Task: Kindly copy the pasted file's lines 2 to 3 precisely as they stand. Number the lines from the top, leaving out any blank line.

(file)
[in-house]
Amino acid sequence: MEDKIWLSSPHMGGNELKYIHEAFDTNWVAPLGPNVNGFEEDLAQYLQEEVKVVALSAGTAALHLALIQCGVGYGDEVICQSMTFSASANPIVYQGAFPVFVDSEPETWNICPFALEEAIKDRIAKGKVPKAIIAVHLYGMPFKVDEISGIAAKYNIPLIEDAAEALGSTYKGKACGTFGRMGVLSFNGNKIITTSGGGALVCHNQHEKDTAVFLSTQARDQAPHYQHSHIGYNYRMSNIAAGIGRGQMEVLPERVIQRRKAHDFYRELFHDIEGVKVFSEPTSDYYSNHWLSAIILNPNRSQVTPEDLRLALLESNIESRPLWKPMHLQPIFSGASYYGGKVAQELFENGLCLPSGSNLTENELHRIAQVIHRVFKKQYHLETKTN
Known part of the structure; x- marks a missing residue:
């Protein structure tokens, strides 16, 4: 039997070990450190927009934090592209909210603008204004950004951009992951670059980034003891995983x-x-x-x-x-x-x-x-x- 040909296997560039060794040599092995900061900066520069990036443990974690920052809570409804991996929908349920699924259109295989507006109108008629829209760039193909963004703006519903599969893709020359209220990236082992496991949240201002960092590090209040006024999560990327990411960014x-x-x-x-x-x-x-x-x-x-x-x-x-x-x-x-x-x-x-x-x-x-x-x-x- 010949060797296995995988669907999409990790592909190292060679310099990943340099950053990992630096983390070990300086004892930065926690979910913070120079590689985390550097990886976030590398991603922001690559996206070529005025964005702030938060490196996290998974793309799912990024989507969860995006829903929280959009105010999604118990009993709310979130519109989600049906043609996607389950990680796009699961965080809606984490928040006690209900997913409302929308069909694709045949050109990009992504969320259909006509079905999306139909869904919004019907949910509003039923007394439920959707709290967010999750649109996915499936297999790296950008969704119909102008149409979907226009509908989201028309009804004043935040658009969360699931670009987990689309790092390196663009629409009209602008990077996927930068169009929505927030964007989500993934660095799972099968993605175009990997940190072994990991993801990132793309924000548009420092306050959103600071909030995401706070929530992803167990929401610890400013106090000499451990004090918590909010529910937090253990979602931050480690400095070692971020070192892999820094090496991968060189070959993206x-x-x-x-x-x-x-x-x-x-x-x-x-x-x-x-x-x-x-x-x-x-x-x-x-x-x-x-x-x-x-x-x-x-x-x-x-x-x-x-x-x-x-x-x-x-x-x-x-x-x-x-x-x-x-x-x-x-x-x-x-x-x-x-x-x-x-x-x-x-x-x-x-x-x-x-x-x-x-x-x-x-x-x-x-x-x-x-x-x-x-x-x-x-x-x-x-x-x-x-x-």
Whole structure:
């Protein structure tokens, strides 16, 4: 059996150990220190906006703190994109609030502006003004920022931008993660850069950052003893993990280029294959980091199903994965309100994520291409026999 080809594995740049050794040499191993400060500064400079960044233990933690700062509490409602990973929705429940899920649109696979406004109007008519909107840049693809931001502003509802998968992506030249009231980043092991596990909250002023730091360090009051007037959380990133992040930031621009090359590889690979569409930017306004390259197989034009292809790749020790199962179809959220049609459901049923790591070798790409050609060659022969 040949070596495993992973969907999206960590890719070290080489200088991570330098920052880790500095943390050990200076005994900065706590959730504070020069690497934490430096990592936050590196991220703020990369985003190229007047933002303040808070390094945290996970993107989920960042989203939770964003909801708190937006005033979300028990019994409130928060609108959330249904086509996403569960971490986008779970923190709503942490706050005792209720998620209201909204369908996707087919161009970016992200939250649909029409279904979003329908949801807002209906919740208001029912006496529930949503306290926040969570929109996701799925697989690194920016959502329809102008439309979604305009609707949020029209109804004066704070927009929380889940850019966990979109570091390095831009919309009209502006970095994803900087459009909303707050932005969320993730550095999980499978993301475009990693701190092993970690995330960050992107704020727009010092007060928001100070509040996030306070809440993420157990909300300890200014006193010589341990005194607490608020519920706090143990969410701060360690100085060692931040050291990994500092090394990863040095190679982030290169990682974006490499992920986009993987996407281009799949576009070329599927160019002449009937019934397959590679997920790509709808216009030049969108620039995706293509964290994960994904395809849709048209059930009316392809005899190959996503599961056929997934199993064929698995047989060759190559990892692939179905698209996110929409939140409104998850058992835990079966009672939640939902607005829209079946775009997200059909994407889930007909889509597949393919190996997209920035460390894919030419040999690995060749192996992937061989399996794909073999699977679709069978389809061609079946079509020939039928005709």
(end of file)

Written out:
Amino acid sequence: MEDKIWLSSPHMGGNELKYIHEAFDTNWVAPLGPNVNGFEEDLAQYLQEEVKVVALSAGTAALHLALIQCGVGYGDEVICQSMTFSASANPIVYQGAFPVFVDSEPETWNICPFALEEAIKDRIAKGKVPKAIIAVHLYGMPFKVDEISGIAAKYNIPLIEDAAEALGSTYKGKACGTFGRMGVLSFNGNKIITTSGGGALVCHNQHEKDTAVFLSTQARDQAPHYQHSHIGYNYRMSNIAAGIGRGQMEVLPERVIQRRKAHDFYRELFHDIEGVKVFSEPTSDYYSNHWLSAIILNPNRSQVTPEDLRLALLESNIESRPLWKPMHLQPIFSGASYYGGKVAQELFENGLCLPSGSNLTENELHRIAQVIHRVFKKQYHLETKTN
Known part of the structure; x- marks a missing residue: